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With this new set of do-it-yourself biology experiments we have you making your own blue cheese, ripening your green tomatoes, and more
[This article has been updated September 2020. It was first published in November 2015)
Tired of making the same old food? Do you want to learn some new bio-techniques to upgrade your cooking skills? Impress your friends the next time you ask them over to dinner.
We can’t really guarantee that any of it is really good, or even edible. But it is fun, and will get everyone thinking about some elementary biology.
What you need: non-blue cheese (e.g. mozzarella, elemental, cheddar), blue cheese (rochefort, danblue, gorgonzola etc.), and a container.
Take a piece of the blue cheese and scrape it on the cheese you want to “personalise”. Place the piece in a sealed container and leave it at room temperature for 2-3 days. You can also keep it in the fridge, but it will take longer to turn your cheese blue.
Explanation: Blue cheese is blue because of the coloured fungus Penicillium roqueforti growing in and eating the cheese. Introducing the fungus to another cheese is essentially letting it feed on a new ‘dish’. You could call it fungal contamination. I prefer to call it new flavour.
What you need: canned pineapple, meat, and two containers.
Place two meat pieces into two different containers. In one of them add the juice from the canned pineapple, but don’t add anything to the other one (that’s the control of your experiment). Cover the containers in order to avoid smell! Within one day you will see that the pineapple-soaked meat is slightly changed in colour and getting softer than the non-treated meat.
Explanation: The pineapple juice contains two different enzymes commonly known as “bromelain”. These cut the collagen proteins that ‘stiffen’ meat into smaller pieces, which softens it. However, if you want to go all Breaking Bad and dissolve meat from a dead body, we do not recommend using pineapple juice! It’ll just tenderise your victim – hydrofluoric acid is a stronger and a better option to get rid of the evidence.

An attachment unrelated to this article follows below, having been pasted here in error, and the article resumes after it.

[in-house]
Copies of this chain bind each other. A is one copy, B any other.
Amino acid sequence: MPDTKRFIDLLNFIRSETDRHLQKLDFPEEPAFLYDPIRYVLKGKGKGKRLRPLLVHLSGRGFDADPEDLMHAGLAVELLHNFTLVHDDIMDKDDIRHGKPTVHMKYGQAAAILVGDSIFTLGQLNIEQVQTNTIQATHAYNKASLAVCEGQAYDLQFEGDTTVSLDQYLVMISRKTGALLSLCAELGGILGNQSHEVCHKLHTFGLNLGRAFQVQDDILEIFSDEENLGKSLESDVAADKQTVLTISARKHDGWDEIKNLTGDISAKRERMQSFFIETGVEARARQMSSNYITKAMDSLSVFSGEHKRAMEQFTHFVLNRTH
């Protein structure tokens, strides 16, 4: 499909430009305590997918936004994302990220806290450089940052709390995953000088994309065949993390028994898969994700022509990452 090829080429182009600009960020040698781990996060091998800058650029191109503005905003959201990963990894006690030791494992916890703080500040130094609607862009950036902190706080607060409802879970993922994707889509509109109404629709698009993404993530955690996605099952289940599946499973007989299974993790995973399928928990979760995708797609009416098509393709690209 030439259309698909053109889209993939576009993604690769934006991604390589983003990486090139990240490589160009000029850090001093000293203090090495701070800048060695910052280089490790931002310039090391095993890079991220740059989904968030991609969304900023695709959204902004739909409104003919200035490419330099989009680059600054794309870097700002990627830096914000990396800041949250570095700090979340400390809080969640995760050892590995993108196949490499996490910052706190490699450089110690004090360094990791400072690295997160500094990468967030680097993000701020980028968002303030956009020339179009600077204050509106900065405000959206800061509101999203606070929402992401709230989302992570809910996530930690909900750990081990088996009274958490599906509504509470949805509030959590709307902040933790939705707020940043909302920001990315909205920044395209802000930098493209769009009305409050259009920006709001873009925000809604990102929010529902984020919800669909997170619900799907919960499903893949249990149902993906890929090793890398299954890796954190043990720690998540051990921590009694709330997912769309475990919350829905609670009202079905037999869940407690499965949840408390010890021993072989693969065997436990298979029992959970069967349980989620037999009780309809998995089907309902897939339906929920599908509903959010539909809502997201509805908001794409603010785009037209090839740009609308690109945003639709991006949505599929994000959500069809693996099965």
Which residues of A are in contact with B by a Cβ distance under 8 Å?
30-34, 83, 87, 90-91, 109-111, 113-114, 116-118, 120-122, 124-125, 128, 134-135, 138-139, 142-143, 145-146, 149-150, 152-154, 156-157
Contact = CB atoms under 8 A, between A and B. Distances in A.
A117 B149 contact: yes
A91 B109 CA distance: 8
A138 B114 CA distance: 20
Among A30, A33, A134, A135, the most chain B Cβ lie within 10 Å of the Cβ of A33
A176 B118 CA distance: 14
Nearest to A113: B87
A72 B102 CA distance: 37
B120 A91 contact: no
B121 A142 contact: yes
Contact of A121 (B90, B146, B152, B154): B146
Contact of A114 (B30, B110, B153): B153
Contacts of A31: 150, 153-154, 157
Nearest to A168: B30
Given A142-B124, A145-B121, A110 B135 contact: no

What you need: green tomatoes and one ripe banana.
If you’re stuck with green tomatoes and aren’t armed with the patience to wait for them to turn red here’s the solution: Place a mature banana or a banana peel next to those unworthy tomatoes and wait (less time) for it!
Read more: Five do-it-yourself chemistry experiments
Explanation: For a fruit to mature a volatile (flying) hormone known as ethylene is needed. This hormone is released by ripe tomatoes, apples, pears and bananas. By placing a ripe banana next to a green tomato, the ethylene from the banana activates the maturation process in the tomato! Cool right? That’s why a lot of the vegetables and fruits are harvested while green and once they get to the store are treated with ethylene, so they can start maturing at the exact time of selling. Don’t panic, it’s not harmful!
What you need: water, raisin, and a container.
Well, according to the laws of thermodynamics: not really. You can, however, try to rehydrate your raisin. Have you ever wondered what happens if you place a raisin into a container with water? Try! It will swell, but unfortunately never return to its grape-glory days again. But who doesn’t like swollen raisins?
Explanation: The grape basically swells with water. There is more salt inside the grape that in the water. The process by which water travels from low salt conditions to high content ones across a barrier is known as “osmosis”. The water moves in order to dilute the salt concentration in the grape achieving the same salt conditions on both sides (equilibrium stage). This process happens all the time! If you spend too long in the bath, the water moves into your cells and your fingers wrinkle up. Yes, you are saltier than the water you’re bathing. This of course raises the following question: if you stay too long in salt water, and this is saltier than you, will you lose water? Think about it!
What you need: green leaves, carrot, red cabbage, 90-96% alcohol, and lastly (you guessed it!) containers.
Cut the leaves, carrots and cabbage into small pieces. Place them into different containers with enough alcohol to cover them up. Wait for some hours and soon you will see that the alcohol is dyed green, orange or purple. However, we do not recommend you to use them as organic food “colourants” for your cake topping!
Explanation: The pigments chlorophyll, carotene and anthocyanin are the pigments responsible for the colour of leaves, carrots and red cabbage respectively. They are normally stored in “cell deposits” known as plastids. These get disrupted by alcohol, releasing the pigments contained by the plastids. What you might not know is that normally all these pigments are present in all leaves, but the green pigment is present in higher amounts. When it is not actively produced by plants in the autumn, the rest of the pigments present in the leaf become visible – that’s why leaves change colour in the autumn.
Read more: Five biological experiments you can do at home
Bonus question: You might now be wondering why your mojito does not turn green from the chlorophyll in the mint leaves? The alcohol used in mojitos (rum) has a comparatively low alcohol content (40%), so it takes much longer to destroy the chloroplasts. Either you need to start drinking much slower. Or you need to start drinking something much stronger!
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